Subtitled “A nonjudgmental psychology is failing patients who need to hear hard truths”, this article by James Mumford has been published on The New Atlantis website. It begins:
“It appears innocuous at first. The psychologist writes one word at the center of the whiteboard: values. He circles the word, stands back, admires it, and turns to his audience — an audience of inpatients, bored, drugged-up inpatients, stretching like cats and yawning like hyenas.
I’m in psychiatric hospital in central London and the psychologist is taking us through a ‘values-clarification exercise.’ I’m interested in what the psychologist has to say about values, because I used to teach ethics, at the University of Virginia. But now I’m the student, because I’m the patient. And I’m about to be given a strong dose of moral relativism. I’m about to be told that there are no objective values and, by implication, that good and evil are merely projections of our minds. This, apparently, is going to make me feel better.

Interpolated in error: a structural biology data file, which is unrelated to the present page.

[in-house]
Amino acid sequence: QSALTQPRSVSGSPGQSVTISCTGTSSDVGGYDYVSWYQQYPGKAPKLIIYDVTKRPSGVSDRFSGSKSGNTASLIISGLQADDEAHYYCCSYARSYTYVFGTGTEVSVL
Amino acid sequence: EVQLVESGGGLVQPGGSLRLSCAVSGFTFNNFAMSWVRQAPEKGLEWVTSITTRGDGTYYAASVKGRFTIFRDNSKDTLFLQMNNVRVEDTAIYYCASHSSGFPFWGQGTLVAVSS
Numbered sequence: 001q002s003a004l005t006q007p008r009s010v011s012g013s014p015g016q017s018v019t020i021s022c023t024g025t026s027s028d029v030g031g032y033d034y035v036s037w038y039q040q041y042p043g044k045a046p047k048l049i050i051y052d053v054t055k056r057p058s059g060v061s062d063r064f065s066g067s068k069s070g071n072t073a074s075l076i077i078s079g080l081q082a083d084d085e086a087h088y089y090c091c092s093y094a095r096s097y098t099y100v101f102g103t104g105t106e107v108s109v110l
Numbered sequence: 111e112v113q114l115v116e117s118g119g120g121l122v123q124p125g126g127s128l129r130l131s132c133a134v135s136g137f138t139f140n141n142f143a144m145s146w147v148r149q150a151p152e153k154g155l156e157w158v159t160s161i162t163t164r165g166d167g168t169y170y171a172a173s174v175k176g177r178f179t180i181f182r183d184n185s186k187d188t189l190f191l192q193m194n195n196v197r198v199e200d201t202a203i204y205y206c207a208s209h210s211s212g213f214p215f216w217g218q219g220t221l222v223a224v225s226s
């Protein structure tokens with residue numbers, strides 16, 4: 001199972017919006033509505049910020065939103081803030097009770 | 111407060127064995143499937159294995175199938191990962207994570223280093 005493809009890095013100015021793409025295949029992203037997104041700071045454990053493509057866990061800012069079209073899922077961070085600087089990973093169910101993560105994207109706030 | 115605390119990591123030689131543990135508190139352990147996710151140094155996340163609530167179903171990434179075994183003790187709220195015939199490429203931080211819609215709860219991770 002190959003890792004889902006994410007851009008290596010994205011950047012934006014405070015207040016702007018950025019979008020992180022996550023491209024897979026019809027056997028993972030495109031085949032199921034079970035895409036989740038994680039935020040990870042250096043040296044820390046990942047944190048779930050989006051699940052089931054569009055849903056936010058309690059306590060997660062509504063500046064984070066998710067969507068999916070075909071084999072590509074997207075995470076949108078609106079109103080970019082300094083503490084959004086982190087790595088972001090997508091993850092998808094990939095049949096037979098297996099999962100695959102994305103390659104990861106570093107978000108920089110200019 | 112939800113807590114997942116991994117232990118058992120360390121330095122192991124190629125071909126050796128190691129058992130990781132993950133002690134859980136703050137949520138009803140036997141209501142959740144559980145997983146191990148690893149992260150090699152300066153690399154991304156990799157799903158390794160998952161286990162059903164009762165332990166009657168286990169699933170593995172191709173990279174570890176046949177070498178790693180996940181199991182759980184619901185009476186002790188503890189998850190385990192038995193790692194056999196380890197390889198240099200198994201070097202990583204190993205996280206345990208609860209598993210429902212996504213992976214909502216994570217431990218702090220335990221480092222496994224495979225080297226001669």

‘What does the word ‘values’ mean to people?’ the psychologist begins. ‘What are some of our values?’ Unfazed by an unresponsive group — a circle of depressives is not always the most forthcoming of audiences — the psychologist circulates a handout. It’s a list, including the following words …”
You can read more from here.